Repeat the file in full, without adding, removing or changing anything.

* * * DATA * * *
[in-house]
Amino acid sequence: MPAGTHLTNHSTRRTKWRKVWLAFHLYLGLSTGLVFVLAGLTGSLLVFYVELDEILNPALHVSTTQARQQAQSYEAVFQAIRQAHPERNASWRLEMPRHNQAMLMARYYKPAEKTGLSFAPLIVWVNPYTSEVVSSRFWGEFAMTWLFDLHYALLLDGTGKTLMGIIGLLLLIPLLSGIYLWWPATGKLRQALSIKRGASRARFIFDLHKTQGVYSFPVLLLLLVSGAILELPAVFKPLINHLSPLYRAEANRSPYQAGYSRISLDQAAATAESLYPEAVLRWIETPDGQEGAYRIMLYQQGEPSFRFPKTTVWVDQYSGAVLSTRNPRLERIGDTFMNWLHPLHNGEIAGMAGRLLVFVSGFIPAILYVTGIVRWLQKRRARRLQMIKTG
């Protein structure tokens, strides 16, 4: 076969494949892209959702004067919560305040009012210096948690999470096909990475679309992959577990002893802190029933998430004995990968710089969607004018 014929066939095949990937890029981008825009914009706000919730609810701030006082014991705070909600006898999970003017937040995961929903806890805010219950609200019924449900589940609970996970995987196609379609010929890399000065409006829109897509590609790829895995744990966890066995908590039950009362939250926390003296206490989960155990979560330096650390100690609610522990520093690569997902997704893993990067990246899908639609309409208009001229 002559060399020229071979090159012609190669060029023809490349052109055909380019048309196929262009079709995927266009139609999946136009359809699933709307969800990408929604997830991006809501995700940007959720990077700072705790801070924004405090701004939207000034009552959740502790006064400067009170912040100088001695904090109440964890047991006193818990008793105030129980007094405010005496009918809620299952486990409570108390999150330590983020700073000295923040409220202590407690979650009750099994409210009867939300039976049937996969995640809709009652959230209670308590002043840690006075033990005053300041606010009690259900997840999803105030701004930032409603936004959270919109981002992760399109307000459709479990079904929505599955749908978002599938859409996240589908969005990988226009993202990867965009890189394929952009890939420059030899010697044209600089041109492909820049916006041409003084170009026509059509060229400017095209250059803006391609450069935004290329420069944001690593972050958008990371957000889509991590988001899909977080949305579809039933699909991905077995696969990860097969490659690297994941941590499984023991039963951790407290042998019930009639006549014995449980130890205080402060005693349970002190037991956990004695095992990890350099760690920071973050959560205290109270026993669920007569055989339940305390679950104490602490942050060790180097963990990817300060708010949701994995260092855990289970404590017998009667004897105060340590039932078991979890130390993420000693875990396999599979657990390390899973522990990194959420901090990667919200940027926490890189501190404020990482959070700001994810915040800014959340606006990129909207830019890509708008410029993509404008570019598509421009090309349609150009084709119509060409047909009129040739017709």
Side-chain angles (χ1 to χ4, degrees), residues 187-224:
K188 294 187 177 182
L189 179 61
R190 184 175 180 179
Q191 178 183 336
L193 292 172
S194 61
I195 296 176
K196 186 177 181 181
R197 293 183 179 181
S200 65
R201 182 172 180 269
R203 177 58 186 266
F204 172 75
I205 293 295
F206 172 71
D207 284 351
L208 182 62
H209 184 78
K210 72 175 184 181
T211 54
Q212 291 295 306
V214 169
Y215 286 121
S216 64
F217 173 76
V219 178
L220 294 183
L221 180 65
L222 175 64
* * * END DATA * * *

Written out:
[in-house]
Amino acid sequence: MPAGTHLTNHSTRRTKWRKVWLAFHLYLGLSTGLVFVLAGLTGSLLVFYVELDEILNPALHVSTTQARQQAQSYEAVFQAIRQAHPERNASWRLEMPRHNQAMLMARYYKPAEKTGLSFAPLIVWVNPYTSEVVSSRFWGEFAMTWLFDLHYALLLDGTGKTLMGIIGLLLLIPLLSGIYLWWPATGKLRQALSIKRGASRARFIFDLHKTQGVYSFPVLLLLLVSGAILELPAVFKPLINHLSPLYRAEANRSPYQAGYSRISLDQAAATAESLYPEAVLRWIETPDGQEGAYRIMLYQQGEPSFRFPKTTVWVDQYSGAVLSTRNPRLERIGDTFMNWLHPLHNGEIAGMAGRLLVFVSGFIPAILYVTGIVRWLQKRRARRLQMIKTG
């Protein structure tokens, strides 16, 4: 076969494949892209959702004067919560305040009012210096948690999470096909990475679309992959577990002893802190029933998430004995990968710089969607004018 014929066939095949990937890029981008825009914009706000919730609810701030006082014991705070909600006898999970003017937040995961929903806890805010219950609200019924449900589940609970996970995987196609379609010929890399000065409006829109897509590609790829895995744990966890066995908590039950009362939250926390003296206490989960155990979560330096650390100690609610522990520093690569997902997704893993990067990246899908639609309409208009001229 002559060399020229071979090159012609190669060029023809490349052109055909380019048309196929262009079709995927266009139609999946136009359809699933709307969800990408929604997830991006809501995700940007959720990077700072705790801070924004405090701004939207000034009552959740502790006064400067009170912040100088001695904090109440964890047991006193818990008793105030129980007094405010005496009918809620299952486990409570108390999150330590983020700073000295923040409220202590407690979650009750099994409210009867939300039976049937996969995640809709009652959230209670308590002043840690006075033990005053300041606010009690259900997840999803105030701004930032409603936004959270919109981002992760399109307000459709479990079904929505599955749908978002599938859409996240589908969005990988226009993202990867965009890189394929952009890939420059030899010697044209600089041109492909820049916006041409003084170009026509059509060229400017095209250059803006391609450069935004290329420069944001690593972050958008990371957000889509991590988001899909977080949305579809039933699909991905077995696969990860097969490659690297994941941590499984023991039963951790407290042998019930009639006549014995449980130890205080402060005693349970002190037991956990004695095992990890350099760690920071973050959560205290109270026993669920007569055989339940305390679950104490602490942050060790180097963990990817300060708010949701994995260092855990289970404590017998009667004897105060340590039932078991979890130390993420000693875990396999599979657990390390899973522990990194959420901090990667919200940027926490890189501190404020990482959070700001994810915040800014959340606006990129909207830019890509708008410029993509404008570019598509421009090309349609150009084709119509060409047909009129040739017709």
Side-chain angles (χ1 to χ4, degrees), residues 187-224:
K188 294 187 177 182
L189 179 61
R190 184 175 180 179
Q191 178 183 336
L193 292 172
S194 61
I195 296 176
K196 186 177 181 181
R197 293 183 179 181
S200 65
R201 182 172 180 269
R203 177 58 186 266
F204 172 75
I205 293 295
F206 172 71
D207 284 351
L208 182 62
H209 184 78
K210 72 175 184 181
T211 54
Q212 291 295 306
V214 169
Y215 286 121
S216 64
F217 173 76
V219 178
L220 294 183
L221 180 65
L222 175 64